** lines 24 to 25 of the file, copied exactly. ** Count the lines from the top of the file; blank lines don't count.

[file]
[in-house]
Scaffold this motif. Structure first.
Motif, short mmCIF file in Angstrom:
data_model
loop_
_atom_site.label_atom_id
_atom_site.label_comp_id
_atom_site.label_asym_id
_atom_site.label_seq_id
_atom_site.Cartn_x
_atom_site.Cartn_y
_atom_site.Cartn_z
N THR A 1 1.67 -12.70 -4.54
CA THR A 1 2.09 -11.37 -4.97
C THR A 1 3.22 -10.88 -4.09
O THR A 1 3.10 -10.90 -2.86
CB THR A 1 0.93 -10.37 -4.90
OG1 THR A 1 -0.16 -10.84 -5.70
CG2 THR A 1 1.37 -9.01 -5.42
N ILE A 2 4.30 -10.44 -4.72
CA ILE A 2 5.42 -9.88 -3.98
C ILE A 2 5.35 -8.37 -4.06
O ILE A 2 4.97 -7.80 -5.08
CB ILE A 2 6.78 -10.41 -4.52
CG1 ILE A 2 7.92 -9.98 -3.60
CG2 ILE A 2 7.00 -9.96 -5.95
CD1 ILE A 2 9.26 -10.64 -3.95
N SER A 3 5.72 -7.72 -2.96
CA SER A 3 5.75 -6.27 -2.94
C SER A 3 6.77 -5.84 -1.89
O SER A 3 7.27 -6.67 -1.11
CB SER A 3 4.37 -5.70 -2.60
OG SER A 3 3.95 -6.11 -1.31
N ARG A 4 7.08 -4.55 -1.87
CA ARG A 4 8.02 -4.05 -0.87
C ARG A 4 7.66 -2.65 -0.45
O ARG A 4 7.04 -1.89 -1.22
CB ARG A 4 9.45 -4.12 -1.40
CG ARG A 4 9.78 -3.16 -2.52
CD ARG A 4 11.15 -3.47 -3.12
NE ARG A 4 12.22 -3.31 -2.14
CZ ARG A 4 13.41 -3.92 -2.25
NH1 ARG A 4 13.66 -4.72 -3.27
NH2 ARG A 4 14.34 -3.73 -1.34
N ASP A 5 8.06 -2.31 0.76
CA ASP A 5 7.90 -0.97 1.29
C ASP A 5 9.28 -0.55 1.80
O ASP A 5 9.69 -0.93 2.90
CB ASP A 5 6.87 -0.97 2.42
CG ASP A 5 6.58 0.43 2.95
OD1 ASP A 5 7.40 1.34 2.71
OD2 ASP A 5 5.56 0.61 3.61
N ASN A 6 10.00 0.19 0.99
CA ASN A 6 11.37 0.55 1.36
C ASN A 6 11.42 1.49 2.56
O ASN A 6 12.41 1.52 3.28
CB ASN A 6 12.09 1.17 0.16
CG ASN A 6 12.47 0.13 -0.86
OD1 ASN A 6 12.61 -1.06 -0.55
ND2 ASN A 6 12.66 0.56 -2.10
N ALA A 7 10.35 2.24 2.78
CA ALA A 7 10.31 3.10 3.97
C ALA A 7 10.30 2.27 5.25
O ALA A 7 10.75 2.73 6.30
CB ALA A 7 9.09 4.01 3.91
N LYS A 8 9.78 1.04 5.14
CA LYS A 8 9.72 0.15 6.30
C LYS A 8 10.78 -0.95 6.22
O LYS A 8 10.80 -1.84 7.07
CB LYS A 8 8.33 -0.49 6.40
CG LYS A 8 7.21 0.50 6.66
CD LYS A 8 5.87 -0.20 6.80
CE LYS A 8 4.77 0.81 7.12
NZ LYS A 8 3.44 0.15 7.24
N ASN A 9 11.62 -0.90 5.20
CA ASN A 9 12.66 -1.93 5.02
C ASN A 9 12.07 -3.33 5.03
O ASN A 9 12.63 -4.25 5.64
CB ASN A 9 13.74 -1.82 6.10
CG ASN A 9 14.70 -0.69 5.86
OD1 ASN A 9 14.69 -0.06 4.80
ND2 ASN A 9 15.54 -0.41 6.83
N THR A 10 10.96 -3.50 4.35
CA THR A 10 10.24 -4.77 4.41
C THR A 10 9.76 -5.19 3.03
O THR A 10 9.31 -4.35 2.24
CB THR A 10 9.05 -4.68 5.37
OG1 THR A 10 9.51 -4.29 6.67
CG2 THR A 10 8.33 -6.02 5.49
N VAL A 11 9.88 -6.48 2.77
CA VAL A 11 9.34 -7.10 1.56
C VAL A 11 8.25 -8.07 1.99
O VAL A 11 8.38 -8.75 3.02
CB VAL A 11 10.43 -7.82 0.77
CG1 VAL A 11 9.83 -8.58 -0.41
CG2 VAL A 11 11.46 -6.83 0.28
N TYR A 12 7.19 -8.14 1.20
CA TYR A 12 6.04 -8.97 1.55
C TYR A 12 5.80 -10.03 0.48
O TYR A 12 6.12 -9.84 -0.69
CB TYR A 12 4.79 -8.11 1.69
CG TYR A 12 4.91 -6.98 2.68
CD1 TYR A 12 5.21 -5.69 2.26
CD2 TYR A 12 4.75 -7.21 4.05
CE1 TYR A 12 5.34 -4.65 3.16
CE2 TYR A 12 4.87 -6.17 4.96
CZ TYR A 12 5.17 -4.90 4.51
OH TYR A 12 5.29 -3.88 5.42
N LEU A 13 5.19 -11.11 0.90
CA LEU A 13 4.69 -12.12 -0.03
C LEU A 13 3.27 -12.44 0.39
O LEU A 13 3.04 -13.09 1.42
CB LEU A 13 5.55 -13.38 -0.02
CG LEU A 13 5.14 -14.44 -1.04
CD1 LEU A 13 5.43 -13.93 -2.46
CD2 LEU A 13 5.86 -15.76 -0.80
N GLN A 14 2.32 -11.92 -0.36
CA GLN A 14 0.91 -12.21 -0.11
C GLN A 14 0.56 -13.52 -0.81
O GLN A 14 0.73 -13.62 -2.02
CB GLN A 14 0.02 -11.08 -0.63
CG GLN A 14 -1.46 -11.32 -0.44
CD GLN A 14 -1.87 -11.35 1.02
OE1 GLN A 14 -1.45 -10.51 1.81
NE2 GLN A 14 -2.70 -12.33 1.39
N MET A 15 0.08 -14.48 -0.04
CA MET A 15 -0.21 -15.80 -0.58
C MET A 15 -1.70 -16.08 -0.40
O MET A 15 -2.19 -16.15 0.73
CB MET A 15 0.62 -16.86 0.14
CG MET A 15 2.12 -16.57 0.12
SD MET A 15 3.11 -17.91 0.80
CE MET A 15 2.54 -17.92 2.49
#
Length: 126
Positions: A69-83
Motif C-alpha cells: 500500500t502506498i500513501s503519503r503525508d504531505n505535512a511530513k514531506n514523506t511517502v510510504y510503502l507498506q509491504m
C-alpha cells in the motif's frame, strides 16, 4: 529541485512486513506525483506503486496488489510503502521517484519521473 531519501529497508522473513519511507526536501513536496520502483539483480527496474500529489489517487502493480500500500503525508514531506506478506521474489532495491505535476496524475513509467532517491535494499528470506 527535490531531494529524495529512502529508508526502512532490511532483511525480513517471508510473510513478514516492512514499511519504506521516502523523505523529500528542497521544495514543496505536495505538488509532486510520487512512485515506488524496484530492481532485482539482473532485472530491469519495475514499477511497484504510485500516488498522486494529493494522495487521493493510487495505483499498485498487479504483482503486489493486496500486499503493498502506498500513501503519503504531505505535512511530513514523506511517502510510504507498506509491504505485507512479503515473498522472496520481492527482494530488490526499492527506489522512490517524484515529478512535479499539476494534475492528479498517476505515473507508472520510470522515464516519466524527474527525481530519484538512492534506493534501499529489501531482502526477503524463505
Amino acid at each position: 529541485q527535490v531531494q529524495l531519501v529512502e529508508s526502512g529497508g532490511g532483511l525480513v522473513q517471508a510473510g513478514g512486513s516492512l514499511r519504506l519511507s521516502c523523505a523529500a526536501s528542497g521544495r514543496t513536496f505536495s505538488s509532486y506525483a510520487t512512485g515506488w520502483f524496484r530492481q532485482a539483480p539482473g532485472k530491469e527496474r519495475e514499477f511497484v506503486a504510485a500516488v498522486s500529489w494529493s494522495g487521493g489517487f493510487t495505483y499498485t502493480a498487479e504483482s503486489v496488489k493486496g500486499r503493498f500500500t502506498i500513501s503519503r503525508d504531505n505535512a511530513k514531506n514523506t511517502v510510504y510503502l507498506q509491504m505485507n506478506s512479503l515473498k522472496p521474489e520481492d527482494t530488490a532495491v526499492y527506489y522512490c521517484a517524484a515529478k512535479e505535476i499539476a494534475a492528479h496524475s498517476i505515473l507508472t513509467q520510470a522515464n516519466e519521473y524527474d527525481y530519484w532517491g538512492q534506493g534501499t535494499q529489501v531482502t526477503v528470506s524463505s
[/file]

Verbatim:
CB ILE A 2 6.78 -10.41 -4.52
CG1 ILE A 2 7.92 -9.98 -3.60